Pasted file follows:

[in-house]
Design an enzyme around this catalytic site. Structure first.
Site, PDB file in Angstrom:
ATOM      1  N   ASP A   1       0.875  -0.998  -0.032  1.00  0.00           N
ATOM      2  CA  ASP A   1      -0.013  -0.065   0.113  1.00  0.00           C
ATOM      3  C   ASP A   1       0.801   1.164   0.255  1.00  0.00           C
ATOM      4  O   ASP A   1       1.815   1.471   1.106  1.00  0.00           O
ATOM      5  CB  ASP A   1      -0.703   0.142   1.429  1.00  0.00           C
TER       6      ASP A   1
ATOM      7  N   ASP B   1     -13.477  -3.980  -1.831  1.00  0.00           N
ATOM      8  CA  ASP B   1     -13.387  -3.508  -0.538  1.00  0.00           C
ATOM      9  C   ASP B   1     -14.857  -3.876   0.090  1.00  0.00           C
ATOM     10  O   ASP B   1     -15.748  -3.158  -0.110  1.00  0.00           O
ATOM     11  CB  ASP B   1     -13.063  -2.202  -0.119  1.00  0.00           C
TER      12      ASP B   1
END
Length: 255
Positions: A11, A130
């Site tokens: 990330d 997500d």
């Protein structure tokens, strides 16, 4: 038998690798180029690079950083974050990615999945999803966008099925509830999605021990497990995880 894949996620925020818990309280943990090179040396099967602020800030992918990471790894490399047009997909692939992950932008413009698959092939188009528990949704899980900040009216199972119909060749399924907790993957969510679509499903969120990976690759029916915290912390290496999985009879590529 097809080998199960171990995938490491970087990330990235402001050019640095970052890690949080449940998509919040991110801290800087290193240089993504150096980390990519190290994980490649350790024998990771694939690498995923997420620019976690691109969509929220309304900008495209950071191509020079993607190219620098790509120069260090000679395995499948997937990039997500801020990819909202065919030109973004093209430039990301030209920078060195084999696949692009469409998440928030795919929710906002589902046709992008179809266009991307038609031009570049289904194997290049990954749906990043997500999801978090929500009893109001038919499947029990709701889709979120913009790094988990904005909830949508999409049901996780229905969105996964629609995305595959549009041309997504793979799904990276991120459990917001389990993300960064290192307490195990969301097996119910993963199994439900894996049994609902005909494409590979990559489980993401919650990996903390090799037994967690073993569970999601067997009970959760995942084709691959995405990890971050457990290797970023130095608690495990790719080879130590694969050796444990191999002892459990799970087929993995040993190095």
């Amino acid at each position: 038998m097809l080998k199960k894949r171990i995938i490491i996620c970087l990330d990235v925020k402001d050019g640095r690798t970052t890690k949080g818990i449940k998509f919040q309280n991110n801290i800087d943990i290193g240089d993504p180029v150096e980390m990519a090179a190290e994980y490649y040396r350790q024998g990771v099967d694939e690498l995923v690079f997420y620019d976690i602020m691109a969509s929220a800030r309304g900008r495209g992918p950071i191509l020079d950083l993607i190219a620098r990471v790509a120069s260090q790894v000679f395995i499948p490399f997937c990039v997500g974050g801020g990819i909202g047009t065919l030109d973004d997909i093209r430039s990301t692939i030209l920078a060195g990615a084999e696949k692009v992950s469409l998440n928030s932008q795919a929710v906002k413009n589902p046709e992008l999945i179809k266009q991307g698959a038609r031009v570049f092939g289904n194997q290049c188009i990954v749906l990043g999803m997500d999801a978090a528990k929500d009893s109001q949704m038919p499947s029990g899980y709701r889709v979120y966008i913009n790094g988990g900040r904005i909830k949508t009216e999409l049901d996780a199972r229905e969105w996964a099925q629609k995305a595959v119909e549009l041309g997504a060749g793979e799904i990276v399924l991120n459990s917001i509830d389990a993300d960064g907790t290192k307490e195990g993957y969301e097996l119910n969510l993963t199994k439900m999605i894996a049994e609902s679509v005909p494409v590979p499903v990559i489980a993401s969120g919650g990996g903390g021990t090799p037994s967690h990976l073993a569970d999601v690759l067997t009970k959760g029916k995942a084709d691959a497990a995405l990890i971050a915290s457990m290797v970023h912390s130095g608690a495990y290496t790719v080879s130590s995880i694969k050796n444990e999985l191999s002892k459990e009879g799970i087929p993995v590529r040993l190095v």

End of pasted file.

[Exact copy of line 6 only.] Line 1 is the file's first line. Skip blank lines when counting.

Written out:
ATOM      3  C   ASP A   1       0.801   1.164   0.255  1.00  0.00           C